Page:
On September 18, 2022, Governor Gavin Newsom signed into law Assembly Bill 2188, aimed at preventing employers from penalizing workers for using marijuana during their off-work hours if such use does not impair them at work.
What Is Protected Under the New Law?
AB 2188 is broadly designed to prohibit adverse employment actions against employees who use cannabis away from work in a manner that does not impair them from doing their job in any way. But what technically is (and is not) protected under the new law is more nuanced.
Specifically, AB 2188 makes it “unlawful for an employer to discriminate against a person in hiring, termination, or any term or condition of employment, or otherwise penalizing a person, if the discrimination is based upon any of the following:
- The person’s use of cannabis off the job and away from the workplace. This paragraph does not prohibit an employer from discriminating in hiring, or any term or condition of employment, or otherwise penalize a person based on scientifically valid preemployment drug screening conducted through methods that do not screen for nonpsychoactive cannabis metabolites.
- An employer-required drug screening test that has found the person to have nonpsychoactive cannabis metabolities in their hair, blood, urine, or other bodily fluids.”
What Is Not Protected Under AB 2188?
Coming to work “high” is not protected. Specifically, AB 2188 provides:
“Nothing in this section permits an employee to possess, to be impaired by, or to use, cannabis on the job, or affects the rights or obligations of an employer to maintain a drug- and alcohol-free workplace, as specified in Section 11362.45 of the Health and Safety Code, or any other rights or obligations of an employer specified by federal law or regulation.”
AB 2188 distinguishes between recent use of cannabis (i.e., getting intoxicated at or shortly before work, which may still be validly prohibited by employers) and non-impairing traces of cannabis in employees’ systems that indicate past use of marijuana. The law defines tetrahydrocannabinol (THC) as the chemical compound in cannabis that may indicate impairment and cause psychoactive effects. Once THC is metabolized (i.e., it has been in the body for a certain amount of time), it is stored in the body as a nonpsychoactive cannabis metabolite—such nonpsychoactive metabolites “do not indicate impairment, only that an individual has consumed cannabis in the last few weeks.” It goes on to state: “While there is consensus that an employee should not arrive at a worksite high or impaired, when most tests are conducted for cannabis, the results only show the presence of the nonpsychoactive cannabis metabolite and have no correlation to impairment on the job.”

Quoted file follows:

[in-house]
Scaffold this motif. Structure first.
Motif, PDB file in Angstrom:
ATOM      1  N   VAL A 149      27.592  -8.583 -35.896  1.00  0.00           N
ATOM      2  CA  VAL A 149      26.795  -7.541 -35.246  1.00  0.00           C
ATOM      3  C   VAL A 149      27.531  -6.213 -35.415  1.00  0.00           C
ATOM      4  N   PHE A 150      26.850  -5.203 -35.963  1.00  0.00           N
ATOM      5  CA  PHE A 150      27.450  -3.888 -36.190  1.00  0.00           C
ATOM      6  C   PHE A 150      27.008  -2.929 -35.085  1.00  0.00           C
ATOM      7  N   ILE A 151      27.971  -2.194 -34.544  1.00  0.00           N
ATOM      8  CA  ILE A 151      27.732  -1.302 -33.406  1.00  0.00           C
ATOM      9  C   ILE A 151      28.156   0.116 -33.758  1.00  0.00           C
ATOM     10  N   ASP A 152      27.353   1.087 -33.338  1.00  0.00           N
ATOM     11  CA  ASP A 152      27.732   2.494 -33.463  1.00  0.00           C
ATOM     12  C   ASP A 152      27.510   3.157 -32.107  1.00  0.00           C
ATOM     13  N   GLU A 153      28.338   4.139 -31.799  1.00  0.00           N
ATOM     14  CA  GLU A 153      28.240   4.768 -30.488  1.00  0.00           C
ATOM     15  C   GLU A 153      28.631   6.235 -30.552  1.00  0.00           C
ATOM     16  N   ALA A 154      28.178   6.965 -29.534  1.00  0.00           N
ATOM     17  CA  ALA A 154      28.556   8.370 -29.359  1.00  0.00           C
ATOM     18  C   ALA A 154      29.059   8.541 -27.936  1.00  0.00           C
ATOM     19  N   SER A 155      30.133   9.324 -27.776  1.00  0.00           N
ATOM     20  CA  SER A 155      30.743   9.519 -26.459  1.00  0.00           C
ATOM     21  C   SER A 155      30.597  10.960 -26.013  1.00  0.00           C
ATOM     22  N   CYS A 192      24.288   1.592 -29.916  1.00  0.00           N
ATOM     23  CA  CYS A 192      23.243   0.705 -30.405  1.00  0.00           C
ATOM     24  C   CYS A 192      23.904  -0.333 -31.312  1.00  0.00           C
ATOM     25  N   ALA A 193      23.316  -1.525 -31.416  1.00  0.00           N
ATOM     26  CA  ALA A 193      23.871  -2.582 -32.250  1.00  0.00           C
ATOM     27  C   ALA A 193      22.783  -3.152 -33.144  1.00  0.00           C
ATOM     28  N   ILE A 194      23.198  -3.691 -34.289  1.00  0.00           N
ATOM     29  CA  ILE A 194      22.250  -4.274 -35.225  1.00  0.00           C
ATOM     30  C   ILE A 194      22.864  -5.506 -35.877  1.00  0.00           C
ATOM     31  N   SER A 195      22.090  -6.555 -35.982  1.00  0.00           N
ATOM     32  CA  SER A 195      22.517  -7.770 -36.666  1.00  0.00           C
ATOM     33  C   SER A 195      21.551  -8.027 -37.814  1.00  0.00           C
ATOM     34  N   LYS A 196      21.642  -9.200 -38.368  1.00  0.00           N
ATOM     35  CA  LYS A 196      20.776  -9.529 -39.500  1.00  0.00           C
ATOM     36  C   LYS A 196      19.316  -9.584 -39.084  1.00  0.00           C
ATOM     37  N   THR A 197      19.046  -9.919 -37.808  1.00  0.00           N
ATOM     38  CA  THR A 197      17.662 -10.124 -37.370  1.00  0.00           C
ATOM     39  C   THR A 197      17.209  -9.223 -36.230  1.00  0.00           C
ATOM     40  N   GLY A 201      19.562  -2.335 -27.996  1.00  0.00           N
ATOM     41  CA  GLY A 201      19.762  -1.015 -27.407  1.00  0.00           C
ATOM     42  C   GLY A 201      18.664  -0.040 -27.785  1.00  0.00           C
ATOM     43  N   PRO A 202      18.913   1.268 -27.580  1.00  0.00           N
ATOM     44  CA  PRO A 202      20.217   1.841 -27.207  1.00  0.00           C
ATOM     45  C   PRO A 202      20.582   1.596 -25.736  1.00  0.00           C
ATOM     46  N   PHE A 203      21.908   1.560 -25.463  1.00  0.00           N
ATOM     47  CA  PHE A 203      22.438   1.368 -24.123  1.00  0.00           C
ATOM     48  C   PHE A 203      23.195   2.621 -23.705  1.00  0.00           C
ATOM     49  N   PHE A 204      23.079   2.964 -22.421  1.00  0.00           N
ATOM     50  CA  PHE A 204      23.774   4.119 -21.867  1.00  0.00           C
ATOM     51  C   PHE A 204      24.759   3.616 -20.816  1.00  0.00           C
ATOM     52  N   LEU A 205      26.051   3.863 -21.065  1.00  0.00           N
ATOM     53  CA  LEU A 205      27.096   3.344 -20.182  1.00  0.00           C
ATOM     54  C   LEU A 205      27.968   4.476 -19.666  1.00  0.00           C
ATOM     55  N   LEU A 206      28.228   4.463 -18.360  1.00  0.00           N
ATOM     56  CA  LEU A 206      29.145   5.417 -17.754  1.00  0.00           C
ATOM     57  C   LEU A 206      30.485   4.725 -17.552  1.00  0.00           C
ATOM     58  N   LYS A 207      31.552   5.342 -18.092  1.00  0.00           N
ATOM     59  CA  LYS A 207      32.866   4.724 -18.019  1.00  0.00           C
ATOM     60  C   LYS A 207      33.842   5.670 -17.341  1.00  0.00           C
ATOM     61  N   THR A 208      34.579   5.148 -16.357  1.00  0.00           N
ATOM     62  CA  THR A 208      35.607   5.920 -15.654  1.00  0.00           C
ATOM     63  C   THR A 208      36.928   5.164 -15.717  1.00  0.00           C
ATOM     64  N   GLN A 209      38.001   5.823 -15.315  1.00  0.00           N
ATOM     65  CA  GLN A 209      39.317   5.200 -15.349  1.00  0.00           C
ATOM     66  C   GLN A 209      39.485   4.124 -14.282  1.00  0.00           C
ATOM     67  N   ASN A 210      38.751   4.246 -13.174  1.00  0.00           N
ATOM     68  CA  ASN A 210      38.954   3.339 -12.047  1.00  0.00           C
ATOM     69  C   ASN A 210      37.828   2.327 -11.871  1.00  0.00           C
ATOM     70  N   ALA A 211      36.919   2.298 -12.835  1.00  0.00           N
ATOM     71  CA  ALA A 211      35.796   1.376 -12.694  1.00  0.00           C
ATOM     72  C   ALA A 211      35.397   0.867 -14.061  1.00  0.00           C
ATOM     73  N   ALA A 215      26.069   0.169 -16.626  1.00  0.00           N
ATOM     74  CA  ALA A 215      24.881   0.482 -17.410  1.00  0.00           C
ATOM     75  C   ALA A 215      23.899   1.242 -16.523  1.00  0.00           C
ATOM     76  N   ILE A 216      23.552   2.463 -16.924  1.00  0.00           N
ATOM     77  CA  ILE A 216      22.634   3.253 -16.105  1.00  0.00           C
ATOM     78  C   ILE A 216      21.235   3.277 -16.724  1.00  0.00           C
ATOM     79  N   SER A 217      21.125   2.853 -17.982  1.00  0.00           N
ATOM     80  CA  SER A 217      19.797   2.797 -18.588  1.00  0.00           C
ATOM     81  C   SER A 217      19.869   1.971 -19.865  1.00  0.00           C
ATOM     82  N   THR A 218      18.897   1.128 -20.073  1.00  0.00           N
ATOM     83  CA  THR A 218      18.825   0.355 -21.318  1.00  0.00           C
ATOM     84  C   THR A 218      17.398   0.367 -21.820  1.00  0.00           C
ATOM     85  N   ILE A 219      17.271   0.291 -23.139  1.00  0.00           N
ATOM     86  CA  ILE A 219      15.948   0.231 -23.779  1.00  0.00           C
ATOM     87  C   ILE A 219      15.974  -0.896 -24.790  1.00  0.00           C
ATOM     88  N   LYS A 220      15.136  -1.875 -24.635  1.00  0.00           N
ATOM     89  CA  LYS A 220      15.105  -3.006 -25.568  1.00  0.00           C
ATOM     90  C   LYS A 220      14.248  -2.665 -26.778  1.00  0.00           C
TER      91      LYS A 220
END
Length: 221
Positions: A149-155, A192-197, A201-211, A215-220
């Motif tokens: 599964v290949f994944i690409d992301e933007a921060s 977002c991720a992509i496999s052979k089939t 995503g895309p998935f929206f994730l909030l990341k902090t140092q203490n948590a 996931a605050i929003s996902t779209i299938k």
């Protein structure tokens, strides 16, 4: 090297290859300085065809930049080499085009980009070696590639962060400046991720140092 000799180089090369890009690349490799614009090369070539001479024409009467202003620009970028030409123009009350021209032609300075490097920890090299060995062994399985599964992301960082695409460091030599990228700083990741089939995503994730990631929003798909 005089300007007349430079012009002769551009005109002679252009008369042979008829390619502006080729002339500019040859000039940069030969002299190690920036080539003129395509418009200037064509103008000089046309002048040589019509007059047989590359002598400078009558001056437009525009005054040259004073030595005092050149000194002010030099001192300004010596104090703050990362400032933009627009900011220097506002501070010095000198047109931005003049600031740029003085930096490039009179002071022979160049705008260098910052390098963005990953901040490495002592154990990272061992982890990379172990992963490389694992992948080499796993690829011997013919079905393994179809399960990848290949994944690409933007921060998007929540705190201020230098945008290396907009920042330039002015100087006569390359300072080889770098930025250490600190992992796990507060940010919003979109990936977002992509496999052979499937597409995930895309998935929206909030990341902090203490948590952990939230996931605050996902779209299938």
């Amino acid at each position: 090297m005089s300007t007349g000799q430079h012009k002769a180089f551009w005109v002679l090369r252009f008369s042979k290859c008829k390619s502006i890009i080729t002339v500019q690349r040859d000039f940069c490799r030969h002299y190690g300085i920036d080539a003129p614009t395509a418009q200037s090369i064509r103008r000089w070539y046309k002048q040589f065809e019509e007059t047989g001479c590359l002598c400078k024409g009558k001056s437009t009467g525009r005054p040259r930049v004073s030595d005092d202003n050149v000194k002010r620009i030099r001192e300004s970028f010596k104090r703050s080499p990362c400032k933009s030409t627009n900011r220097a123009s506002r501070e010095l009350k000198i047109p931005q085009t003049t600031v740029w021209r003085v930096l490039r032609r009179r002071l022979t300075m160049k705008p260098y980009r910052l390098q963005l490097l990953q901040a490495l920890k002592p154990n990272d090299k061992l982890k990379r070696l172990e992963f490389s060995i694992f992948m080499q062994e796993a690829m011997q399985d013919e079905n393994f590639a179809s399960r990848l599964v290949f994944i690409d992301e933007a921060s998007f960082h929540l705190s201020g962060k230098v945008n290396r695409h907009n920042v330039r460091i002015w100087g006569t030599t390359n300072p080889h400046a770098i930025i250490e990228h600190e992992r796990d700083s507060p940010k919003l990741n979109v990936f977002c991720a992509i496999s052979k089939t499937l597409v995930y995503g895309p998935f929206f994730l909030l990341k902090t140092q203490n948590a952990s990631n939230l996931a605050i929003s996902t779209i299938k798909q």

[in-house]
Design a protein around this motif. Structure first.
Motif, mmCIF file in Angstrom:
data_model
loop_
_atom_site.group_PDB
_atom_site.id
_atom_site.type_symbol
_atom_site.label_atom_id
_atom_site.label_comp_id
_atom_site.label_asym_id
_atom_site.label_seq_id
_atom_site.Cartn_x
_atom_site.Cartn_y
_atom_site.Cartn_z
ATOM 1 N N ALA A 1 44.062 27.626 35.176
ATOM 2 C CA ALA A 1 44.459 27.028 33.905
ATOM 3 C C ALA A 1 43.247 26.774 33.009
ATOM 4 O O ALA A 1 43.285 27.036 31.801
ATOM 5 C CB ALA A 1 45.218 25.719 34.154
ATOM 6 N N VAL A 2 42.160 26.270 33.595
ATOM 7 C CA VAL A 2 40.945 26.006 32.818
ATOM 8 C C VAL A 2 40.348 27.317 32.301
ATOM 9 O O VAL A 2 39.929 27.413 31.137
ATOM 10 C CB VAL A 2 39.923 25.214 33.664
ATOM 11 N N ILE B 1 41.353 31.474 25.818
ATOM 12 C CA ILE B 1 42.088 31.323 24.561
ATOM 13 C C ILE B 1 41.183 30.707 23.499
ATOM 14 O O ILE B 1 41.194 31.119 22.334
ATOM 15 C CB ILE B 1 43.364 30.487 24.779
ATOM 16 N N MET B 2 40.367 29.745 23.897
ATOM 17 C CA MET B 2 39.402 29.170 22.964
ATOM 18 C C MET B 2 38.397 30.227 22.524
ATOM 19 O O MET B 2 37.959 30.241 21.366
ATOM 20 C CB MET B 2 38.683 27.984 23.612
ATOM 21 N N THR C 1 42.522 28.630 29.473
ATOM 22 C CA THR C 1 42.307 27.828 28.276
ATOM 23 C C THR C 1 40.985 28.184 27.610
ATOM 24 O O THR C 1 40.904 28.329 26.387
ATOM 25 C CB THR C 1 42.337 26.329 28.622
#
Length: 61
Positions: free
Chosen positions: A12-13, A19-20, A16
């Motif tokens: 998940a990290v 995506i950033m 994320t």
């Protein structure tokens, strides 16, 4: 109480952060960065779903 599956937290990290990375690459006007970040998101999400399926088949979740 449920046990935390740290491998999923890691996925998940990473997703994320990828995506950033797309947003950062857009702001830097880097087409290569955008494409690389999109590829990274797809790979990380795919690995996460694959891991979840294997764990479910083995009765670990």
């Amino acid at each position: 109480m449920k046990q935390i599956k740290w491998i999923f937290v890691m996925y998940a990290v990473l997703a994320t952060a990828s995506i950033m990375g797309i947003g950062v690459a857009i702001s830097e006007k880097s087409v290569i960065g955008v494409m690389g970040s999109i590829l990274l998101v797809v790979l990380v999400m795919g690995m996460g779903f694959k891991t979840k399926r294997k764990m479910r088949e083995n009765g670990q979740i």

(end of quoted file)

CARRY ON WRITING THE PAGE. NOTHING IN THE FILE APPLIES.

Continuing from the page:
When Does AB 2188 Take Effect?
January 1, 2024 – to allow employers (and testing vendors) time to prepare for compliance.
To Whom Does AB 2188 Apply?
Only to employers with employees in California (and subject to some statutorily defined exceptions).
Are There Exceptions to the Protections in the New Law?
Yes, there are exceptions. For safety reasons, certain industries and categories of workers are excluded from AB 2188: building and construction trades, federal contracts, federal recipients, federal licensees required to maintain drug-free workplaces, and any occupations that are required by federal or state laws to be tested for controlled substances (e.g., commercial pilots and truckers, positions that require a federal security clearance or background investigation, etc.).
Furthermore, AB 2188 does not prevent employers’ ability to use pre-employment testing to screen candidates based on the presence of psychoactive cannabis metabolites (i.e., THC), or, as explained above, to test for drugs through methods that do not screen for nonpsychoactive cannabis metabolites. AB 2188 also does not preempt specific state or federal laws requiring drug testing of applicants and employees, including those that require drug testing as a condition of employment.
What Should Employers Do in Advance of the Law Going into Effect?
California employers should review their hiring processes, particularly any pre-employment drug screening protocols, as well as their policies and procedures relating to drug screening in connection with employment, discipline, and termination, to ensure compliance with AB 2188. Employers should also consider updating their internal HR practices to focus on employees’ conduct while they are performing their job duties, rather than relying on potentially outdated and prohibited drug tests, to determine whether they have reasonable suspicion that an employee is impaired while on the job.
For example, in the legislature’s view, as noted in AB 2188, “employers now have access to multiple types of tests that do not rely on the presence of nonpsychoactive cannabis metabolites” to ensure compliance with the new law. In other words, the legislature is inviting employers to switch to different kinds of tests (when permitted) that only identify psychoactive / impairing levels of THC – such as tests that “measure an individual employee against their own baseline performance and tests that identify the presence of THC in an individual’s bodily fluids.”
Unfortunately for employers, AB 2188’s guidance is far from precise. It does not define “nonpsychoactive cannabis metabolites,” nor does it provide clarity as to what “alternative tests” do not rely on the presence of nonpsychoactive cannabis metabolites. While drug tests that detect only recent use of cannabis are in development, such tests are not widely available at present (but likely will be by January 2024, given the demand created by this new law).